- 6 years ago
- Wedding: October 2015
My DH and I live in a house built in 1814, and I love it! It has its challenges, but it also has so much charm and an interesting history (built originally by a big mill family in the town, and then was a church rectory for many decades)!
I would love to see pictures if you feel comfortable sharing! Totally understand if you don’t. We were going to look at an old church that was converted into a house, but our realtor scared us with re-sale worries.
I still think about it
I would never live in one, but that is because I grew up in a haunted house (built in the 1910’s) and it was pretty creepy. My mother always made us look at old farm houses and there was one in particular that she almost bought that was almost as creepy as our house at the time. Fortunately we ended up in a 1960’s ranch haha.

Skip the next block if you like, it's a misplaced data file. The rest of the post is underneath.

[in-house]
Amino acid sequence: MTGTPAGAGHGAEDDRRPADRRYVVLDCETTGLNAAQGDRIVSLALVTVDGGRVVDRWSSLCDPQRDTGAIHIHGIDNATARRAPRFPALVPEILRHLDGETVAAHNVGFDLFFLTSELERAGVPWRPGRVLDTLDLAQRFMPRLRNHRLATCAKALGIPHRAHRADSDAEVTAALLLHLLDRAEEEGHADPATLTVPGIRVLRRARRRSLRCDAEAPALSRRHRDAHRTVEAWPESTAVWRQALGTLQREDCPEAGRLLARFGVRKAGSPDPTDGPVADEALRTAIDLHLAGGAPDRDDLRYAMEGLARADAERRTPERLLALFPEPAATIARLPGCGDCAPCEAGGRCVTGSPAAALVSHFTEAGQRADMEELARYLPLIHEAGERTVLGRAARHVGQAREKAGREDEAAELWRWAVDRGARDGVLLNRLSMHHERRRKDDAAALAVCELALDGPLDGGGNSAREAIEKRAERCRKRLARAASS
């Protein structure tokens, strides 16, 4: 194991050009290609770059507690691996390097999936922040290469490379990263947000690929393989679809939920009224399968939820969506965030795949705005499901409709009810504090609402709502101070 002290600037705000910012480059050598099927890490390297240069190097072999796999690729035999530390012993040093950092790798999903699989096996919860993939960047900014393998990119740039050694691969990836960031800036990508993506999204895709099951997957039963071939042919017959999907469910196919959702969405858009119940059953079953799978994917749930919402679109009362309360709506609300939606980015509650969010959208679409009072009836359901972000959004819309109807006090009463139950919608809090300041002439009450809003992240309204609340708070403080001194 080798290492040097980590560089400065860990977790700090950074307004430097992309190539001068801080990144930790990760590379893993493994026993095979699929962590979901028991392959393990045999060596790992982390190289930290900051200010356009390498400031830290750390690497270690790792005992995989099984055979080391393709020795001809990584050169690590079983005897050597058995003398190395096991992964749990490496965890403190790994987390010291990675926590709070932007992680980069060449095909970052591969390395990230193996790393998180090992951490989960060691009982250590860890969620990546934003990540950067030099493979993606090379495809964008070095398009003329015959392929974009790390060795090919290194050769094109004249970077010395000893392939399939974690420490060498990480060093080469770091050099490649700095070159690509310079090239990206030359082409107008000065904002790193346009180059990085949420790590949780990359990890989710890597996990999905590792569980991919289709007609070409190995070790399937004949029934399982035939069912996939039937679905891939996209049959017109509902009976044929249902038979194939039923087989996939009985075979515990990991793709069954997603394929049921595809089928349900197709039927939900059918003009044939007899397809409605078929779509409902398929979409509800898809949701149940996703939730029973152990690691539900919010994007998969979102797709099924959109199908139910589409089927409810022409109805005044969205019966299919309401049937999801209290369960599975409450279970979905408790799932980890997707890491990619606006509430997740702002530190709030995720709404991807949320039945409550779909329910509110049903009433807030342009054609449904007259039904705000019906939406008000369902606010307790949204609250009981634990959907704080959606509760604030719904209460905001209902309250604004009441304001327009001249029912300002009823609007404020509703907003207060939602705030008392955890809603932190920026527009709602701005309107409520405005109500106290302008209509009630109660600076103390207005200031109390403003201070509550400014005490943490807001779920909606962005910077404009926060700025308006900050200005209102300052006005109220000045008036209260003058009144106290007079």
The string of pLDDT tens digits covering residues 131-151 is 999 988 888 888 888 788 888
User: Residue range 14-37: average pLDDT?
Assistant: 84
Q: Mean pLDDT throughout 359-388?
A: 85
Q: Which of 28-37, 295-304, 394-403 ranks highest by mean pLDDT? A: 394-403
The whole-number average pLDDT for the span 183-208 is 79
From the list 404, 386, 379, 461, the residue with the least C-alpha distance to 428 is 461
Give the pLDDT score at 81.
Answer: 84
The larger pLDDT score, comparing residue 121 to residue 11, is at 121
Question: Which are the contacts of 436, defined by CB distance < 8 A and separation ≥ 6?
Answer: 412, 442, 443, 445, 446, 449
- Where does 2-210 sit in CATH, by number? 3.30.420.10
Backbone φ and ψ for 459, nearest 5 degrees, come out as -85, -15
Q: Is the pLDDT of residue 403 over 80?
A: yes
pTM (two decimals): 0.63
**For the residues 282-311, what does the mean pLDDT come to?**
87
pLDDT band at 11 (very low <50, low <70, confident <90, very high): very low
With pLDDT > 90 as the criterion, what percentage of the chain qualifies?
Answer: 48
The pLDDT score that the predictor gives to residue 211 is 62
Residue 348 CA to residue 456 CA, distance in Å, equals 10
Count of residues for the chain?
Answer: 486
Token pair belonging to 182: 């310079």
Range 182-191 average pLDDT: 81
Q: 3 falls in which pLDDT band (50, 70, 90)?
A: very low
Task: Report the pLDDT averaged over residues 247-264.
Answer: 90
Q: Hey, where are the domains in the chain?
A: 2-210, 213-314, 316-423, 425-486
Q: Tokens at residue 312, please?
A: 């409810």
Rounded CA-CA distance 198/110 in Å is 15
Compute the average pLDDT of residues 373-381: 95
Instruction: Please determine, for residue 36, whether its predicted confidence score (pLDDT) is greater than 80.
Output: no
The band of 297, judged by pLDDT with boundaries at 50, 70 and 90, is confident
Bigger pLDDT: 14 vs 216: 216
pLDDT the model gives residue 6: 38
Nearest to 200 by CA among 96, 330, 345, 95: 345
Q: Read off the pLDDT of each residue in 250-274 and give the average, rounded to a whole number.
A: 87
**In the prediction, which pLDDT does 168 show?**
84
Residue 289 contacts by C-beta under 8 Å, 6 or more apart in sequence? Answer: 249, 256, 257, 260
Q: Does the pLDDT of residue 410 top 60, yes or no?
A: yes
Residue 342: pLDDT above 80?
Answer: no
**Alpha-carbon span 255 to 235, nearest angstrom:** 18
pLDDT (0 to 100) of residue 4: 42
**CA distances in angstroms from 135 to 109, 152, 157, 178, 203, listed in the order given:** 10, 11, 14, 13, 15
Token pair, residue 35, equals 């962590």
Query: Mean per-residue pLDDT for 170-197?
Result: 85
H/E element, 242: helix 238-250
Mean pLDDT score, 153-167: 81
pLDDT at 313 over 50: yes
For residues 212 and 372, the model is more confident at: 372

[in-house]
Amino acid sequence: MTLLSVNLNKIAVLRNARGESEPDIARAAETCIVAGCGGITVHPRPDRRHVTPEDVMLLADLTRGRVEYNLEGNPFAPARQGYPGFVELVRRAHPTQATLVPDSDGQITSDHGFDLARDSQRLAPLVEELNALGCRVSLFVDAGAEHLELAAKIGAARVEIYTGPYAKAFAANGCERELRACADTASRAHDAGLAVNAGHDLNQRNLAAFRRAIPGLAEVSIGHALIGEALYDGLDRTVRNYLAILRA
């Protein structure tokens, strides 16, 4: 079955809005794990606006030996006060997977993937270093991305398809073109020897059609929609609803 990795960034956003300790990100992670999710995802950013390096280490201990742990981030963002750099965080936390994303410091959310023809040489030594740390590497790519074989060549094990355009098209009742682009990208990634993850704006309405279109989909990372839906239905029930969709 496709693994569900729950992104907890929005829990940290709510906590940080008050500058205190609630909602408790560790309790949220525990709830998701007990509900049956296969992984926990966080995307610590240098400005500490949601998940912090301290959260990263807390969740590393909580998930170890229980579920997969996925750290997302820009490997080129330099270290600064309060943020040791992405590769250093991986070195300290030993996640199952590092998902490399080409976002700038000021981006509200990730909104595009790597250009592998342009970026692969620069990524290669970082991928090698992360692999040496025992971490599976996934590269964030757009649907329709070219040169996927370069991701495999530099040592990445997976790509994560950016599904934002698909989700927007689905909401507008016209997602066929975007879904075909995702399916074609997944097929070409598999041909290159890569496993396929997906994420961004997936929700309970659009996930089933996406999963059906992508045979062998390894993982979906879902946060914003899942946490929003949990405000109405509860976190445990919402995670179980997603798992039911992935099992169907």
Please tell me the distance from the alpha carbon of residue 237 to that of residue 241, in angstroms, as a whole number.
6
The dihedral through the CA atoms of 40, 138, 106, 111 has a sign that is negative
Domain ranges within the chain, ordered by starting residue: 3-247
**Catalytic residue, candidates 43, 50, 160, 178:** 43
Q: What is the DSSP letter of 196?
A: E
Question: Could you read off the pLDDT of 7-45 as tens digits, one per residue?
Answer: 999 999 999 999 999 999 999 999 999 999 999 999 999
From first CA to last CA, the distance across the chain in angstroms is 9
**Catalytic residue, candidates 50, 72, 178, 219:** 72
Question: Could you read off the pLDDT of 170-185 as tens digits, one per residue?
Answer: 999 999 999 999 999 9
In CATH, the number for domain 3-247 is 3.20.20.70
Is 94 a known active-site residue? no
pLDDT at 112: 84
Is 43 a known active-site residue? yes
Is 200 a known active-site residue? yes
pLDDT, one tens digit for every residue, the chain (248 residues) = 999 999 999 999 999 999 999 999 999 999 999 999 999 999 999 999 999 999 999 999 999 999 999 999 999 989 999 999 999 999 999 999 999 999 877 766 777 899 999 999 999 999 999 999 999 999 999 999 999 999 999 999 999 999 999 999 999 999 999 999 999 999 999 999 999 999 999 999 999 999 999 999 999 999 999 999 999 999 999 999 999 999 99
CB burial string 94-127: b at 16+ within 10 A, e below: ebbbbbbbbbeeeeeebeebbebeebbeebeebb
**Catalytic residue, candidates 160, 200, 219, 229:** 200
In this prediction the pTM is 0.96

That having been said, I currently live in a house that was built in 1927 by my SO’s great grandparents that he completely redid. I know for a fact his grandfather died in it, but I have no creepy feelings what so ever!
Our house isn’t as unique/cool looking as some rectories, probably because it wasn’t originally built to be a rectory. I don’t have many pictures on my computer (we just moved in a couple months ago), but here is one of the outside:
I also really love the ceiling in the dining room…this is a picture from the listing that doesn’t do it justice, but it’s really ornate. It was tin, originally, and I’d love to restore that, but am afraid to totally ruin it.
There’s also fun things like old pocket doors, hidden cabinets, some stained glass, etc. The attic isn’t finished, but is huge with a really cool layout and an eyebrow window. I’m dying to finish it and turn it into a library/family room–someday! 🙂
Nope. Too many hidden costs and updating with old homes, IMO. I like my house modern and clean! And ghost free, lol.
OMG I love old brick farmhouses like these!
I love looking at them when I’m driving in the middle of nowhere.